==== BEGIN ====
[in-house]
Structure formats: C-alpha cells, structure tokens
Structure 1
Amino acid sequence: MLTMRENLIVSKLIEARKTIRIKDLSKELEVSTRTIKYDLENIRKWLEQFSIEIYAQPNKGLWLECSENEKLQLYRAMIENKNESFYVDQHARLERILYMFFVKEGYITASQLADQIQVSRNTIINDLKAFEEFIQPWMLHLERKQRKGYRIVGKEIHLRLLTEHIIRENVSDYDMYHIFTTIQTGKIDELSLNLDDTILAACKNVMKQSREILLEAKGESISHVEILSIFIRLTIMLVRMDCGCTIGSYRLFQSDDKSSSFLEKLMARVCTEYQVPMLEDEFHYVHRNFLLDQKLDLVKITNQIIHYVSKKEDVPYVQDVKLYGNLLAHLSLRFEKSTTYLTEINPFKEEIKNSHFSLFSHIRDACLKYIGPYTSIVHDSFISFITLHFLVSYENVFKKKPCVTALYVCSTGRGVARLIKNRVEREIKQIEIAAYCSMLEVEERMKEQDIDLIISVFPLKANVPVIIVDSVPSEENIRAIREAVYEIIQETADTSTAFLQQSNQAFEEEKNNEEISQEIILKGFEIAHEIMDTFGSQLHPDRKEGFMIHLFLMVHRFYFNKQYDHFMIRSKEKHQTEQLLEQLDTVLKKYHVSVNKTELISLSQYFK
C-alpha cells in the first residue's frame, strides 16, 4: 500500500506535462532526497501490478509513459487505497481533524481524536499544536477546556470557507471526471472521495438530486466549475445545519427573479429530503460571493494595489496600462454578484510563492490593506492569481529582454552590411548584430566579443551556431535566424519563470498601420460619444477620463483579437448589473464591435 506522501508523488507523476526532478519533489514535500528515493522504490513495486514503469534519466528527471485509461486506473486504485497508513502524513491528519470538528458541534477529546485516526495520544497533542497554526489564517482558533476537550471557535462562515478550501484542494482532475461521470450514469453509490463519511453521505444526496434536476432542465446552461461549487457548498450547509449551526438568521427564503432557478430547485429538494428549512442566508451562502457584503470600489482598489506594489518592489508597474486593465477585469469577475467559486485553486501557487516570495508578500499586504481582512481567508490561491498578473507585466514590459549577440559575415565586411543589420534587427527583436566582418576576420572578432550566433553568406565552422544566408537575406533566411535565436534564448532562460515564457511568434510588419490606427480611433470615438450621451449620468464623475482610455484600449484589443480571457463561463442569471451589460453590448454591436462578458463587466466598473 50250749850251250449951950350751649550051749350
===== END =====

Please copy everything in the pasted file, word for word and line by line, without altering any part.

[in-house]
Structure formats: C-alpha cells, structure tokens
Structure 1
Amino acid sequence: MLTMRENLIVSKLIEARKTIRIKDLSKELEVSTRTIKYDLENIRKWLEQFSIEIYAQPNKGLWLECSENEKLQLYRAMIENKNESFYVDQHARLERILYMFFVKEGYITASQLADQIQVSRNTIINDLKAFEEFIQPWMLHLERKQRKGYRIVGKEIHLRLLTEHIIRENVSDYDMYHIFTTIQTGKIDELSLNLDDTILAACKNVMKQSREILLEAKGESISHVEILSIFIRLTIMLVRMDCGCTIGSYRLFQSDDKSSSFLEKLMARVCTEYQVPMLEDEFHYVHRNFLLDQKLDLVKITNQIIHYVSKKEDVPYVQDVKLYGNLLAHLSLRFEKSTTYLTEINPFKEEIKNSHFSLFSHIRDACLKYIGPYTSIVHDSFISFITLHFLVSYENVFKKKPCVTALYVCSTGRGVARLIKNRVEREIKQIEIAAYCSMLEVEERMKEQDIDLIISVFPLKANVPVIIVDSVPSEENIRAIREAVYEIIQETADTSTAFLQQSNQAFEEEKNNEEISQEIILKGFEIAHEIMDTFGSQLHPDRKEGFMIHLFLMVHRFYFNKQYDHFMIRSKEKHQTEQLLEQLDTVLKKYHVSVNKTELISLSQYFK
C-alpha cells in the first residue's frame, strides 16, 4: 500500500506535462532526497501490478509513459487505497481533524481524536499544536477546556470557507471526471472521495438530486466549475445545519427573479429530503460571493494595489496600462454578484510563492490593506492569481529582454552590411548584430566579443551556431535566424519563470498601420460619444477620463483579437448589473464591435 506522501508523488507523476526532478519533489514535500528515493522504490513495486514503469534519466528527471485509461486506473486504485497508513502524513491528519470538528458541534477529546485516526495520544497533542497554526489564517482558533476537550471557535462562515478550501484542494482532475461521470450514469453509490463519511453521505444526496434536476432542465446552461461549487457548498450547509449551526438568521427564503432557478430547485429538494428549512442566508451562502457584503470600489482598489506594489518592489508597474486593465477585469469577475467559486485553486501557487516570495508578500499586504481582512481567508490561491498578473507585466514590459549577440559575415565586411543589420534587427527583436566582418576576420572578432550566433553568406565552422544566408537575406533566411535565436534564448532562460515564457511568434510588419490606427480611433470615438450621451449620468464623475482610455484600449484589443480571457463561463442569471451589460453590448454591436462578458463587466466598473 50250749850251250449951950350751649550051749350